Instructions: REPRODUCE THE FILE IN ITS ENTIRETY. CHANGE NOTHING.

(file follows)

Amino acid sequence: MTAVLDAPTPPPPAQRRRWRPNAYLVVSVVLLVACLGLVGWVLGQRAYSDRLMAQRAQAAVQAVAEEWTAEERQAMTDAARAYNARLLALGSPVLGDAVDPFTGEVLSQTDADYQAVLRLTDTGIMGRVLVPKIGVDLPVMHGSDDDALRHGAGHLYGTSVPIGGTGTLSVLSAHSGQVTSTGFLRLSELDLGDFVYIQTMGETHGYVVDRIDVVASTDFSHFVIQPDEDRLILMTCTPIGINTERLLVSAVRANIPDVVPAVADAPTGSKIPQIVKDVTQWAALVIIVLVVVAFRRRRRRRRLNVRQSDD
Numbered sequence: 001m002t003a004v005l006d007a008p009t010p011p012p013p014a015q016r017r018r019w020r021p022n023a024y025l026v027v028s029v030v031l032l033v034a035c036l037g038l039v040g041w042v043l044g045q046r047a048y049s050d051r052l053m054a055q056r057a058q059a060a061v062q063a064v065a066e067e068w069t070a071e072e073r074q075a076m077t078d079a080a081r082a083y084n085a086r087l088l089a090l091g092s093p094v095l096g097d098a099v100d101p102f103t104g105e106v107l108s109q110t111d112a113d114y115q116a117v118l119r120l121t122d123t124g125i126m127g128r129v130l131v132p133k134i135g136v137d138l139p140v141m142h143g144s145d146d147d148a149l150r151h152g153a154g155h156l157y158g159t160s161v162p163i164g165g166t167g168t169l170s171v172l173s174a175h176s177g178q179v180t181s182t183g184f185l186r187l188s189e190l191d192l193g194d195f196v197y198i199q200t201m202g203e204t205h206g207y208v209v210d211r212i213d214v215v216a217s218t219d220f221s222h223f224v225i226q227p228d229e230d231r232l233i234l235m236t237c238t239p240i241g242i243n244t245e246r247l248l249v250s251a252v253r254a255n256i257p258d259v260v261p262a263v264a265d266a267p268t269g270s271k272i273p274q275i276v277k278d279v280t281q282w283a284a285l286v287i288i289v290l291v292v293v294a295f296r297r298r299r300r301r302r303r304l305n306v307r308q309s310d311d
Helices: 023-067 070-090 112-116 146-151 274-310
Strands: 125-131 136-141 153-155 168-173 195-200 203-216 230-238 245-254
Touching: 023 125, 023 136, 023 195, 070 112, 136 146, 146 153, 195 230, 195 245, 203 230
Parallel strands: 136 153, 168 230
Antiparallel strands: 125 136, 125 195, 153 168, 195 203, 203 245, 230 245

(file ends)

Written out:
Amino acid sequence: MTAVLDAPTPPPPAQRRRWRPNAYLVVSVVLLVACLGLVGWVLGQRAYSDRLMAQRAQAAVQAVAEEWTAEERQAMTDAARAYNARLLALGSPVLGDAVDPFTGEVLSQTDADYQAVLRLTDTGIMGRVLVPKIGVDLPVMHGSDDDALRHGAGHLYGTSVPIGGTGTLSVLSAHSGQVTSTGFLRLSELDLGDFVYIQTMGETHGYVVDRIDVVASTDFSHFVIQPDEDRLILMTCTPIGINTERLLVSAVRANIPDVVPAVADAPTGSKIPQIVKDVTQWAALVIIVLVVVAFRRRRRRRRLNVRQSDD
Numbered sequence: 001m002t003a004v005l006d007a008p009t010p011p012p013p014a015q016r017r018r019w020r021p022n023a024y025l026v027v028s029v030v031l032l033v034a035c036l037g038l039v040g041w042v043l044g045q046r047a048y049s050d051r052l053m054a055q056r057a058q059a060a061v062q063a064v065a066e067e068w069t070a071e072e073r074q075a076m077t078d079a080a081r082a083y084n085a086r087l088l089a090l091g092s093p094v095l096g097d098a099v100d101p102f103t104g105e106v107l108s109q110t111d112a113d114y115q116a117v118l119r120l121t122d123t124g125i126m127g128r129v130l131v132p133k134i135g136v137d138l139p140v141m142h143g144s145d146d147d148a149l150r151h152g153a154g155h156l157y158g159t160s161v162p163i164g165g166t167g168t169l170s171v172l173s174a175h176s177g178q179v180t181s182t183g184f185l186r187l188s189e190l191d192l193g194d195f196v197y198i199q200t201m202g203e204t205h206g207y208v209v210d211r212i213d214v215v216a217s218t219d220f221s222h223f224v225i226q227p228d229e230d231r232l233i234l235m236t237c238t239p240i241g242i243n244t245e246r247l248l249v250s251a252v253r254a255n256i257p258d259v260v261p262a263v264a265d266a267p268t269g270s271k272i273p274q275i276v277k278d279v280t281q282w283a284a285l286v287i288i289v290l291v292v293v294a295f296r297r298r299r300r301r302r303r304l305n306v307r308q309s310d311d
Helices: 023-067 070-090 112-116 146-151 274-310
Strands: 125-131 136-141 153-155 168-173 195-200 203-216 230-238 245-254
Touching: 023 125, 023 136, 023 195, 070 112, 136 146, 146 153, 195 230, 195 245, 203 230
Parallel strands: 136 153, 168 230
Antiparallel strands: 125 136, 125 195, 153 168, 195 203, 203 245, 230 245